Concealed carry changes discussed in Ohio

Concealed carry in Ohio is back in discussion both as a potential constitutional carry bill moves through the state legislature and following a lawsuit settlement with The Ohio State University last month.

House Bill 174 was introduced to the legislature as a revision of state weapons laws by renaming a concealed handgun license as a concealed weapons license and allowing a person age 21 or older–that is not prohibited from firearm possession –to conceal carry without obtaining a permit.

“It’s an expansion on the state law that also returns to founding principals,” said Marietta Police Chief Rodney Hupp on Wednesday.

Hupp said he is in support of the proposed changes, with the understanding that responsible gun ownership and training is a key to safe communities.

“You are no more a gunman because you own a gun than you are a violinist just because you own a violin,” he said.

That call for responsibility is also the basis for Marietta College’s policy on weaponry on campus, said College Police Chief Jim Weaver.

“Our policy is no firearms on campus, period, for everyone,” he said.

The college’s policy differs from one being followed at The Ohio State University, which prompted a lawsuit. The difference is that there are no qualifications on the Marietta College policy for disciplinary action if an individual with a concealed carry license keeps their weapon locked in their vehicle on campus.

The state university settled a lawsuit last month with two gun-rights groups and a student and instructor. The university revised its student code of conduct so that licensed students could store their firearms in locked cars parked on campus.

“We just ask that you bring it to the police department here, we have a check-in and check-out process and keep those in our locked safe here,” said Weaver. “We have students that go out to Henderson Wilds (in Boaz) to shoot, and we have some competitive shooters and some that hunt and they’ve been good about following our policy.”

Weaver said on average the college department stores between 12 and 24 weapons at any given time.

“The majority are hunting rifles and shotguns,” he explained. “But we even have bows stored in there. The way we read our policy is all weapons are covered.”

At Washington State Community College, which is predominantly a commuter campus though some of its students are housed at Marietta College, the policy is similar. Officials of WSCC did not return multiple calls for comment.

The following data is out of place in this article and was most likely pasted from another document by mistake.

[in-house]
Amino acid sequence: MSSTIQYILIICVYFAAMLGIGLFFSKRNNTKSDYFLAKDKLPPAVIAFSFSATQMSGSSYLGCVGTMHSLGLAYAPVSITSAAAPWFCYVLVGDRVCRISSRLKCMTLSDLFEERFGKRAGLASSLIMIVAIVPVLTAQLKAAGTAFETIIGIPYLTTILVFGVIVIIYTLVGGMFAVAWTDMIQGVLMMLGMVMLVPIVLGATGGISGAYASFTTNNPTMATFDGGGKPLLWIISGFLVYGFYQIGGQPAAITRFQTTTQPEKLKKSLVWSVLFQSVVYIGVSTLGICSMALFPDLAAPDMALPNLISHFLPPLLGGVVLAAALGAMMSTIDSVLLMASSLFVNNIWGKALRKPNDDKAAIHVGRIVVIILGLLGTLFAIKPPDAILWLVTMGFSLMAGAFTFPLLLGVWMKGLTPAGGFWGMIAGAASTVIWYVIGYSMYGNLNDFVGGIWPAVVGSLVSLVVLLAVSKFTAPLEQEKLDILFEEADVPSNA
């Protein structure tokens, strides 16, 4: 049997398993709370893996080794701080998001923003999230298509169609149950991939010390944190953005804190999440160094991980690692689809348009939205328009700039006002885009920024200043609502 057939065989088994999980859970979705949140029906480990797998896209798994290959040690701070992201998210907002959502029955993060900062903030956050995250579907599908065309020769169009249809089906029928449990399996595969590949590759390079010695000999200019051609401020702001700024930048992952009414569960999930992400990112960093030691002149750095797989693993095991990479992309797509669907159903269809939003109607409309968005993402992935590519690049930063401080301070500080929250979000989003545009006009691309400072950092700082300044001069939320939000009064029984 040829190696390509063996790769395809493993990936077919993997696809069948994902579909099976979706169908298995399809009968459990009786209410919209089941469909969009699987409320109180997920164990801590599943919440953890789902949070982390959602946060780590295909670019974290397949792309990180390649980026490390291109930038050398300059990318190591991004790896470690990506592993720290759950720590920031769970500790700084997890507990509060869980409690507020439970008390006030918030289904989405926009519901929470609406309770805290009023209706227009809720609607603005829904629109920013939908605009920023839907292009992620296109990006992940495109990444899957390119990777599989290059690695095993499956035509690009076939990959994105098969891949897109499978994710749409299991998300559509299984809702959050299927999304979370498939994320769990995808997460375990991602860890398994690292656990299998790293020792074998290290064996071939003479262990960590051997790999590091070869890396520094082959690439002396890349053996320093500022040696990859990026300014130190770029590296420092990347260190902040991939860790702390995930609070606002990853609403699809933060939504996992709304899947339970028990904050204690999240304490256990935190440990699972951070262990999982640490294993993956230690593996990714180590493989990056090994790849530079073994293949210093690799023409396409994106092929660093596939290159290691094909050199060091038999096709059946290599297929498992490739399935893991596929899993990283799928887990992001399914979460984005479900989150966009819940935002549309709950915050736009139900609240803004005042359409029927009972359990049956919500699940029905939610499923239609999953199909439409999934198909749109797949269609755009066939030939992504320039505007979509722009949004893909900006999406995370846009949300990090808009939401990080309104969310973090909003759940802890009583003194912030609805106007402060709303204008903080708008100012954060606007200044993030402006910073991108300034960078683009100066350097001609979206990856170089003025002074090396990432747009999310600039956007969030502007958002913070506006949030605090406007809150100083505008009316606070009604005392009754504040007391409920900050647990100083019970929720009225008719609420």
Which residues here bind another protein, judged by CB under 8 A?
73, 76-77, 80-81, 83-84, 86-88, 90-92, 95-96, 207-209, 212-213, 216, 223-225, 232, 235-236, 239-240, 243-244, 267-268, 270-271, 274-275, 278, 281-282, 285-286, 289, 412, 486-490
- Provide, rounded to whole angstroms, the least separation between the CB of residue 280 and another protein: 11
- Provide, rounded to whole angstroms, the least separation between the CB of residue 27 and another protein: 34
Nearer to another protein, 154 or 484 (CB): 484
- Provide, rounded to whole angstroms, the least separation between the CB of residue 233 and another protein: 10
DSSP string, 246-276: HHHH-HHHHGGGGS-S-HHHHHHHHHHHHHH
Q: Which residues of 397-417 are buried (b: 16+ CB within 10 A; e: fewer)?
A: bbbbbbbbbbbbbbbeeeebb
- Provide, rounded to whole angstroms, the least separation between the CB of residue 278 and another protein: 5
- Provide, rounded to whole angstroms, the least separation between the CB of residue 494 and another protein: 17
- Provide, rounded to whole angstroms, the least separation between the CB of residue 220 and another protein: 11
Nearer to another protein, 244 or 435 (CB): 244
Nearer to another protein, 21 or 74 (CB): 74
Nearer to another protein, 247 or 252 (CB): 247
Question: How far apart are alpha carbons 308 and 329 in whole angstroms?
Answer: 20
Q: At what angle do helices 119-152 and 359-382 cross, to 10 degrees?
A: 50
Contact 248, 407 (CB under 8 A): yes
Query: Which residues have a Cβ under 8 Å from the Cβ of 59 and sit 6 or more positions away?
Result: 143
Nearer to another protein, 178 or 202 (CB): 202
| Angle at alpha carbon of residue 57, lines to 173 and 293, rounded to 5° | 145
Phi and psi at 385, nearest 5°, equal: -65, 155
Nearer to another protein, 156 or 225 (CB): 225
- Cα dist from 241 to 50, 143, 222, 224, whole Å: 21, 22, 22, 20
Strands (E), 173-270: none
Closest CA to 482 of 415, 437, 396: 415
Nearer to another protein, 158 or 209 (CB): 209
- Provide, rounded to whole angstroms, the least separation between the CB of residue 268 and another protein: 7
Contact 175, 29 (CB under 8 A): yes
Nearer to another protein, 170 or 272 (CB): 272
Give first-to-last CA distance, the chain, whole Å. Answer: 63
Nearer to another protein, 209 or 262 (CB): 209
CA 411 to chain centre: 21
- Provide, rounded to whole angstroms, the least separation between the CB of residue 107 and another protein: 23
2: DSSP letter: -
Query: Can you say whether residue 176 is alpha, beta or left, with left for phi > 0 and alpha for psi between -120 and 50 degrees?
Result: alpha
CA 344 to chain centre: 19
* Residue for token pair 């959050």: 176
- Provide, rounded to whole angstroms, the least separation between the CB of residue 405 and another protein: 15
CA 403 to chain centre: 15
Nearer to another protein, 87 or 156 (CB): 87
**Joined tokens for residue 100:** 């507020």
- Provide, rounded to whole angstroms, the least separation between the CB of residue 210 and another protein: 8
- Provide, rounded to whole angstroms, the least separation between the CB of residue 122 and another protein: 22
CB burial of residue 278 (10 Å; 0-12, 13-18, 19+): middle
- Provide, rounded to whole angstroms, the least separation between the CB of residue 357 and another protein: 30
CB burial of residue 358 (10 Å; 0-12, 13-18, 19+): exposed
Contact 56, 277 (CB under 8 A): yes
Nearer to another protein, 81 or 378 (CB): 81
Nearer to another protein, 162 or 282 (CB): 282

Areas where concealed weapons are already not allowed, like educational institutions and government buildings, would not be affected by the changes proposed in House Bill 124, according to Hupp.

“Being mindful of your responsibilities whether you’re carrying a firearm or an impact weapon then falls on the carrier,” he said. “The only issue I see is if people do not realize that other states don’t always have the same constitutional carry laws, and if you want to carry there you may still need a license.”

Reciprocity is considered in the proposed bill, he noted, but the distinction should be considered by those who travel to different states with their weapons.

Concealed Carry Ohio

Ohio concealed carry permit holders currently have reciprocity to carry weaponry concealed in most states across the country, except:

• California.

• Oregon.

• Hawaii.

• Minnesota.

• Illinois.

• New York.

• Rhode Island.

• Massachusetts.

• Connecticut.

• New Jersey.

• Maryland.

• Maine.

• Washington D.C.

States that have restricted reciprocity with Ohio include:

• Colorado (resident permits only).

• Florida (resident permits only).

• Michigan (resident permits only).

• Pennsylvania (resident permits only).

• South Carolina (resident permits only).

• Texas (issued/renewed on or after 3/23/15).

• Wisconsin (issued/renewed on or after 3/23/2015).

Permitless carry states include:

• Alaska (if at least 21 years old).

• Arizona (if at least 21 years old).

• Arkansas (if at least 21 years old).

• Kansas (if at least 21 years old).

• Maine (if at least 21 years old).

• Mississippi (if at least 21 years old).

• Missouri (if at least 19 years old).

• New Hampshire (if at least 18 years old).

• Vermont (if at least 18 years old).

• West Virginia (if at least 21 years old).

Source: U.S. Concealed Carry Association.

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